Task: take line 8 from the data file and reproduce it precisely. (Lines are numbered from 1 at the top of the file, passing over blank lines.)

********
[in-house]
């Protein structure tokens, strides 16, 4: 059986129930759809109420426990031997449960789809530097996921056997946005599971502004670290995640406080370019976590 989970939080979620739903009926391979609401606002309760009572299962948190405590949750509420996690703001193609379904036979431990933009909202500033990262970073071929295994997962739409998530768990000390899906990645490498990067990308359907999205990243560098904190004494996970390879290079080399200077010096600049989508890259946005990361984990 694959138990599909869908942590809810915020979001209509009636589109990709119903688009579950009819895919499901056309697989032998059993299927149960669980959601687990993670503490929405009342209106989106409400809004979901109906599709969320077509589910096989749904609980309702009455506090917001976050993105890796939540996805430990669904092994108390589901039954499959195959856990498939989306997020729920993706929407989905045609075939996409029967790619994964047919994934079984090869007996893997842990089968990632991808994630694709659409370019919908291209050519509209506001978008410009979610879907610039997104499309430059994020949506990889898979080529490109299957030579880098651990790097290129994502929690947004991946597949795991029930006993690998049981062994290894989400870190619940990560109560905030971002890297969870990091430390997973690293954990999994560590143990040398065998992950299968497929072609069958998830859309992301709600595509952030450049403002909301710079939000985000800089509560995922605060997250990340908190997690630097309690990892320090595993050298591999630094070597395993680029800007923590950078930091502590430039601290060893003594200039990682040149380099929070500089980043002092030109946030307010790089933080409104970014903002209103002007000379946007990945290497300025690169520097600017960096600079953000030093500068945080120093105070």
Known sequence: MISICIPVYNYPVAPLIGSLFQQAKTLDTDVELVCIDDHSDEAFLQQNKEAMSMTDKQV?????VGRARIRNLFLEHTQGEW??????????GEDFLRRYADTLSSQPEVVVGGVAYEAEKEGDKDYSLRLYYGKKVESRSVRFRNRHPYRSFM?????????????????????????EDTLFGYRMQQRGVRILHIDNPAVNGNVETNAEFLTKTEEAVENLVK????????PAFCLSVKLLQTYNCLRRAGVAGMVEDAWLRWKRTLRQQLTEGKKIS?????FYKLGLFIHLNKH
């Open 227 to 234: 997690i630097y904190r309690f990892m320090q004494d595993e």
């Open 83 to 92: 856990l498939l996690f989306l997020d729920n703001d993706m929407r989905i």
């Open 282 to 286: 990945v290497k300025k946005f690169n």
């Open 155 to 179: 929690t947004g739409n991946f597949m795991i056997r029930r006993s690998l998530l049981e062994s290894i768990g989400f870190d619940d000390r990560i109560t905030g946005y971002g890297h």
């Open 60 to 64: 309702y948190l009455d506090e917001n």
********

């Open 60 to 64: 309702y948190l009455d506090e917001n």